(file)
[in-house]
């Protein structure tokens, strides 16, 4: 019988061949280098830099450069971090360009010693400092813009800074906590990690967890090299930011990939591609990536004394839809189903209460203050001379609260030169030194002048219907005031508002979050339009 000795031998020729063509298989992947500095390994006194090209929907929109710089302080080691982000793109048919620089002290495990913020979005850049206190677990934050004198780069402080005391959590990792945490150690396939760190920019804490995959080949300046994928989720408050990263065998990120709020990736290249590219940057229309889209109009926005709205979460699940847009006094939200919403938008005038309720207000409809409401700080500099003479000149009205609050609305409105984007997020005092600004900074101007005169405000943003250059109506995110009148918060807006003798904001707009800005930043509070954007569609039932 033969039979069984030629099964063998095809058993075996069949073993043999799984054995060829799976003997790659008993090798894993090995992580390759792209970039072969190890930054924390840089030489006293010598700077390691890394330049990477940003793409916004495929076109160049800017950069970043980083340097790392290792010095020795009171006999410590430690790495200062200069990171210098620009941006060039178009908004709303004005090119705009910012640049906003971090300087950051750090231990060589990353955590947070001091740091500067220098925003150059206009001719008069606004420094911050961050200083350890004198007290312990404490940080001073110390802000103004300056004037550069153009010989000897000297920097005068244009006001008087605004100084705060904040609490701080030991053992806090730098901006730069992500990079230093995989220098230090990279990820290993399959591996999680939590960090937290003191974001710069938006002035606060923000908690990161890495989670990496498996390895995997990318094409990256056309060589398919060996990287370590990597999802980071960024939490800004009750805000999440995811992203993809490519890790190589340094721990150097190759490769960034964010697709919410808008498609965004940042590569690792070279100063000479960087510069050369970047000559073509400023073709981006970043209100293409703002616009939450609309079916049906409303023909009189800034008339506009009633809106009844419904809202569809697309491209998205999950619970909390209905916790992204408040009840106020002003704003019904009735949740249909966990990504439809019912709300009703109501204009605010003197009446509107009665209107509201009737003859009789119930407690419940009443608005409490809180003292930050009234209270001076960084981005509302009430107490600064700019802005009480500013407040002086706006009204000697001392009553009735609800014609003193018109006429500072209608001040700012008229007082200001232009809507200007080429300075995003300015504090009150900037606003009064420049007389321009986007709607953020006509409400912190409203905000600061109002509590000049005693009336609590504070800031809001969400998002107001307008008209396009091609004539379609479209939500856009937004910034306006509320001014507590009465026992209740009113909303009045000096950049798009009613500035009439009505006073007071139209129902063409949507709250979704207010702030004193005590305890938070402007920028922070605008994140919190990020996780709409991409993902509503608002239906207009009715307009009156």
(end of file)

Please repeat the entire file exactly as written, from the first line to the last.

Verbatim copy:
[in-house]
């Protein structure tokens, strides 16, 4: 019988061949280098830099450069971090360009010693400092813009800074906590990690967890090299930011990939591609990536004394839809189903209460203050001379609260030169030194002048219907005031508002979050339009 000795031998020729063509298989992947500095390994006194090209929907929109710089302080080691982000793109048919620089002290495990913020979005850049206190677990934050004198780069402080005391959590990792945490150690396939760190920019804490995959080949300046994928989720408050990263065998990120709020990736290249590219940057229309889209109009926005709205979460699940847009006094939200919403938008005038309720207000409809409401700080500099003479000149009205609050609305409105984007997020005092600004900074101007005169405000943003250059109506995110009148918060807006003798904001707009800005930043509070954007569609039932 033969039979069984030629099964063998095809058993075996069949073993043999799984054995060829799976003997790659008993090798894993090995992580390759792209970039072969190890930054924390840089030489006293010598700077390691890394330049990477940003793409916004495929076109160049800017950069970043980083340097790392290792010095020795009171006999410590430690790495200062200069990171210098620009941006060039178009908004709303004005090119705009910012640049906003971090300087950051750090231990060589990353955590947070001091740091500067220098925003150059206009001719008069606004420094911050961050200083350890004198007290312990404490940080001073110390802000103004300056004037550069153009010989000897000297920097005068244009006001008087605004100084705060904040609490701080030991053992806090730098901006730069992500990079230093995989220098230090990279990820290993399959591996999680939590960090937290003191974001710069938006002035606060923000908690990161890495989670990496498996390895995997990318094409990256056309060589398919060996990287370590990597999802980071960024939490800004009750805000999440995811992203993809490519890790190589340094721990150097190759490769960034964010697709919410808008498609965004940042590569690792070279100063000479960087510069050369970047000559073509400023073709981006970043209100293409703002616009939450609309079916049906409303023909009189800034008339506009009633809106009844419904809202569809697309491209998205999950619970909390209905916790992204408040009840106020002003704003019904009735949740249909966990990504439809019912709300009703109501204009605010003197009446509107009665209107509201009737003859009789119930407690419940009443608005409490809180003292930050009234209270001076960084981005509302009430107490600064700019802005009480500013407040002086706006009204000697001392009553009735609800014609003193018109006429500072209608001040700012008229007082200001232009809507200007080429300075995003300015504090009150900037606003009064420049007389321009986007709607953020006509409400912190409203905000600061109002509590000049005693009336609590504070800031809001969400998002107001307008008209396009091609004539379609479209939500856009937004910034306006509320001014507590009465026992209740009113909303009045000096950049798009009613500035009439009505006073007071139209129902063409949507709250979704207010702030004193005590305890938070402007920028922070605008994140919190990020996780709409991409993902509503608002239906207009009715307009009156």